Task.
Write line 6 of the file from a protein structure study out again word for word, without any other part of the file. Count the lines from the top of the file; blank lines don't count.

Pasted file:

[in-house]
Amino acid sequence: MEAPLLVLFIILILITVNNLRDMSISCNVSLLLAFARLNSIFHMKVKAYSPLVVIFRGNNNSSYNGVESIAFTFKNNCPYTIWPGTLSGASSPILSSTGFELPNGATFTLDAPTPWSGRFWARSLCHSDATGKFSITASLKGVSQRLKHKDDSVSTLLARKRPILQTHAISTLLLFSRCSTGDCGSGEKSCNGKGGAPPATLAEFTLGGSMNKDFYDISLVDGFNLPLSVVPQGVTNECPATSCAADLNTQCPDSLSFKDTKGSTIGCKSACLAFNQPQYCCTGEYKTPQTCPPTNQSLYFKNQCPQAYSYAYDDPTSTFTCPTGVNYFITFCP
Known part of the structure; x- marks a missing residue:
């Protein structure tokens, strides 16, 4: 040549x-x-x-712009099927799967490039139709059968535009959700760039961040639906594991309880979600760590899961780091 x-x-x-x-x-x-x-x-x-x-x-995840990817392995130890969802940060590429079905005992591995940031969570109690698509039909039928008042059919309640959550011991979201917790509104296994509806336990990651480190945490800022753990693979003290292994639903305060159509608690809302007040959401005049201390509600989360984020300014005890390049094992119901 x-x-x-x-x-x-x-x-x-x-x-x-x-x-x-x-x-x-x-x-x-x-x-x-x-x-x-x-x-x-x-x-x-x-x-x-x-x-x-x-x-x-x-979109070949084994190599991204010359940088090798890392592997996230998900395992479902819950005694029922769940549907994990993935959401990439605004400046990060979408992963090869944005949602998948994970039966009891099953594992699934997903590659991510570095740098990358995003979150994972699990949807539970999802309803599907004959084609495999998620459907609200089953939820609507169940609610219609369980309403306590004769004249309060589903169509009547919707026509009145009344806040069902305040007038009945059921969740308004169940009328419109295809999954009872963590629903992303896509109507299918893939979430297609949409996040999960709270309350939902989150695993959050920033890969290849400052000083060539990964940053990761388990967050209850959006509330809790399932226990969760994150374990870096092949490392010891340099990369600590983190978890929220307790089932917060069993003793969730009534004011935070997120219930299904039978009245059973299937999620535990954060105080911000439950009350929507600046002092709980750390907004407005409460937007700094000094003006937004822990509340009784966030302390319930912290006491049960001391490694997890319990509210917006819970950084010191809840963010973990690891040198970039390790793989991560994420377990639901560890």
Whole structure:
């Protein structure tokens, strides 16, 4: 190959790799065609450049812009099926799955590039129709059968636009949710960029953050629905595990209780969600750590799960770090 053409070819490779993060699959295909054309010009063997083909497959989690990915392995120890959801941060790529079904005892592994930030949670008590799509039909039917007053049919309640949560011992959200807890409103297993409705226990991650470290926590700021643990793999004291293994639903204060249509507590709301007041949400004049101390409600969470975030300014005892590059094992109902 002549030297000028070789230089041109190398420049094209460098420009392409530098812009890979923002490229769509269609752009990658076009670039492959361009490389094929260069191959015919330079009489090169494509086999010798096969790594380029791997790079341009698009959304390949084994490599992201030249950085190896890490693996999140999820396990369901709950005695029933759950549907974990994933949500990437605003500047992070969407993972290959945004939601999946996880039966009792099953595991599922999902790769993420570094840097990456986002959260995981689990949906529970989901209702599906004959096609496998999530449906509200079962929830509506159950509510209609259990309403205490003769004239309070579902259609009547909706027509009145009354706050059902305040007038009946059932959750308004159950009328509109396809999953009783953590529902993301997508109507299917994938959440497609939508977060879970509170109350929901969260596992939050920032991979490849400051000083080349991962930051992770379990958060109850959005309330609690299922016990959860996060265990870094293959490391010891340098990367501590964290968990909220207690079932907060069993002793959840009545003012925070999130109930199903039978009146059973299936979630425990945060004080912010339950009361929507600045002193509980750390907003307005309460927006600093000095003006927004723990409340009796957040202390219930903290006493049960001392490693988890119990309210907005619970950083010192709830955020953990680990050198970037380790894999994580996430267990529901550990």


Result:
């Protein structure tokens, strides 16, 4: 190959790799065609450049812009099926799955590039129709059968636009949710960029953050629905595990209780969600750590799960770090 053409070819490779993060699959295909054309010009063997083909497959989690990915392995120890959801941060790529079904005892592994930030949670008590799509039909039917007053049919309640949560011992959200807890409103297993409705226990991650470290926590700021643990793999004291293994639903204060249509507590709301007041949400004049101390409600969470975030300014005892590059094992109902 002549030297000028070789230089041109190398420049094209460098420009392409530098812009890979923002490229769509269609752009990658076009670039492959361009490389094929260069191959015919330079009489090169494509086999010798096969790594380029791997790079341009698009959304390949084994490599992201030249950085190896890490693996999140999820396990369901709950005695029933759950549907974990994933949500990437605003500047992070969407993972290959945004939601999946996880039966009792099953595991599922999902790769993420570094840097990456986002959260995981689990949906529970989901209702599906004959096609496998999530449906509200079962929830509506159950509510209609259990309403205490003769004239309070579902259609009547909706027509009145009354706050059902305040007038009946059932959750308004159950009328509109396809999953009783953590529902993301997508109507299917994938959440497609939508977060879970509170109350929901969260596992939050920032991979490849400051000083080349991962930051992770379990958060109850959005309330609690299922016990959860996060265990870094293959490391010891340098990367501590964290968990909220207690079932907060069993002793959840009545003012925070999130109930199903039978009146059973299936979630425990945060004080912010339950009361929507600045002193509980750390907003307005309460927006600093000095003006927004723990409340009796957040202390219930903290006493049960001392490693988890119990309210907005619970950083010192709830955020953990680990050198970037380790894999994580996430267990529901550990």